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Donald Duck comic recalled in Germany after ‘Holocaust’ printing error

A production error in a reprint of a 1972 Donald Duck story led a German publisher to recall the comic after the word “Holocaust” mistakenly appeared in place of “Congratulations.”

Spiegel Online reports the error crept into a panel in the Carl Barks story “Where’s the Smoke?” in which a Duckburg dignitary honors a team of firefighters for pinpointing an “awesome” blaze. However, instead of using the word “fire” or “inferno,” the legendary cartoonist went with the phrase “awesome holocaust!”

Fast-forward some 40 years, when, according to German publisher Egmont Ehapa, “holocaust” wasn’t thoroughly removed from the original English text, resulting in the dignitary praising “our brave and always alert fire lookouts! Holocaust!” in the latest reprint.

The publisher quickly recalled copies of Micky Maus Comics #6, which was released on May 8, and blacked out the offending word by hand (as you can see above). However, The Telegraph reports the incident prompted humorous allegations in the German press about the political leanings of Donald Duck, “and revealed the occasional perils of reusing aging cartoons in different cultures.”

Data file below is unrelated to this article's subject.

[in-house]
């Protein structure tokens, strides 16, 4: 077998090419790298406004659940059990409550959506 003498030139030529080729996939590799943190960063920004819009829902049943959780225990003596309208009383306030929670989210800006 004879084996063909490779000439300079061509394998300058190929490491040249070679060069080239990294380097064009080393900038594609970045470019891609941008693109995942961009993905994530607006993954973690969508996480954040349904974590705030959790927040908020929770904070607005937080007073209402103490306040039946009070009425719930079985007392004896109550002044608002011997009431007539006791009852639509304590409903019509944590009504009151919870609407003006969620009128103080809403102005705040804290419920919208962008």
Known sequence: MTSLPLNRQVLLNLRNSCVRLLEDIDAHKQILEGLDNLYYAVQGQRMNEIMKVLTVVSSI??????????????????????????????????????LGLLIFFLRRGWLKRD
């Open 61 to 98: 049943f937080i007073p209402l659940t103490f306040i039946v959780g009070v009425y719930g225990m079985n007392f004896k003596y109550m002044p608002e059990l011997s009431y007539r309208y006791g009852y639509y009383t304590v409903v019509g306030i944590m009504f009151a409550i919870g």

Carl Barks' original rough sketch, showing his use of "holocaust" as a synonym for "fire."

(via hypervocal)

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Comments

6 Comments

Wait. But surely, even in English, the word “holocaust” would carry certain connotations by 1972?

That first sentence is one of the funniest things I’ve ever read. I legitimately laughed out loud.

I just feel sorry for the translator, seeing that it’s being reported as a “translation error” in some parts.

after the words “Triple Homicide” mistakenly appeared in place of “Birthday Cake”

after the word “Hantavirus” mistakenly appeared in place of “Pedagogy”

after the words “Colombian Drug Cartel” mistakenly appeared in place of “Traveling Hat Salesman”

Well, you know, there is that long-standing theory that Disney was an anti-Semite…

Peter Brülls

June 1, 2012 at 6:26 am

I believe the term entered the mass-conscious with the eponymous 1978 TV series. Since Carl Barks wasn’t a very well read man , much less an intellectual, he probably wasn’t aware of the specific mean in regards to the Shoah – the preferred term on the American Jewish community, as far as I know.

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